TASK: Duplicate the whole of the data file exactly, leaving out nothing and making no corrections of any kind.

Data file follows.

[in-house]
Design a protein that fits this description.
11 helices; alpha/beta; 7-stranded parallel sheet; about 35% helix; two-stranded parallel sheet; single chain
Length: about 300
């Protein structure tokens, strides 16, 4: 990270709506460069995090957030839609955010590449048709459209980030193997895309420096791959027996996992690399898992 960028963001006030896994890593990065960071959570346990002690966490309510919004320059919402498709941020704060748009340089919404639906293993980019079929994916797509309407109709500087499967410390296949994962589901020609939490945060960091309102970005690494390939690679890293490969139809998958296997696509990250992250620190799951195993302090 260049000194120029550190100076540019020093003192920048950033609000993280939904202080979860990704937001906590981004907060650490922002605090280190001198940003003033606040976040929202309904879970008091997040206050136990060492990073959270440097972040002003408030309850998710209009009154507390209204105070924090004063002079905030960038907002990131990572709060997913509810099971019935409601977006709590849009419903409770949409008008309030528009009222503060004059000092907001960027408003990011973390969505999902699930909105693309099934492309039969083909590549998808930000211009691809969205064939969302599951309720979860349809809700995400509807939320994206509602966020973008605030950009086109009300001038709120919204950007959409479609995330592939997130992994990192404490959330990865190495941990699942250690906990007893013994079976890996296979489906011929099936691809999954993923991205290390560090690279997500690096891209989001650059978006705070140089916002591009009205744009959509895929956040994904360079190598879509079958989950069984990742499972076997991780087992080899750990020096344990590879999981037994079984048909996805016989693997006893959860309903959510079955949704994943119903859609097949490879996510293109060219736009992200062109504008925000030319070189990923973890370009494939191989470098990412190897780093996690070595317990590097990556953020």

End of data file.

[in-house]
Design a protein that fits this description.
11 helices; alpha/beta; 7-stranded parallel sheet; about 35% helix; two-stranded parallel sheet; single chain
Length: about 300
């Protein structure tokens, strides 16, 4: 990270709506460069995090957030839609955010590449048709459209980030193997895309420096791959027996996992690399898992 960028963001006030896994890593990065960071959570346990002690966490309510919004320059919402498709941020704060748009340089919404639906293993980019079929994916797509309407109709500087499967410390296949994962589901020609939490945060960091309102970005690494390939690679890293490969139809998958296997696509990250992250620190799951195993302090 260049000194120029550190100076540019020093003192920048950033609000993280939904202080979860990704937001906590981004907060650490922002605090280190001198940003003033606040976040929202309904879970008091997040206050136990060492990073959270440097972040002003408030309850998710209009009154507390209204105070924090004063002079905030960038907002990131990572709060997913509810099971019935409601977006709590849009419903409770949409008008309030528009009222503060004059000092907001960027408003990011973390969505999902699930909105693309099934492309039969083909590549998808930000211009691809969205064939969302599951309720979860349809809700995400509807939320994206509602966020973008605030950009086109009300001038709120919204950007959409479609995330592939997130992994990192404490959330990865190495941990699942250690906990007893013994079976890996296979489906011929099936691809999954993923991205290390560090690279997500690096891209989001650059978006705070140089916002591009009205744009959509895929956040994904360079190598879509079958989950069984990742499972076997991780087992080899750990020096344990590879999981037994079984048909996805016989693997006893959860309903959510079955949704994943119903859609097949490879996510293109060219736009992200062109504008925000030319070189990923973890370009494939191989470098990412190897780093996690070595317990590097990556953020």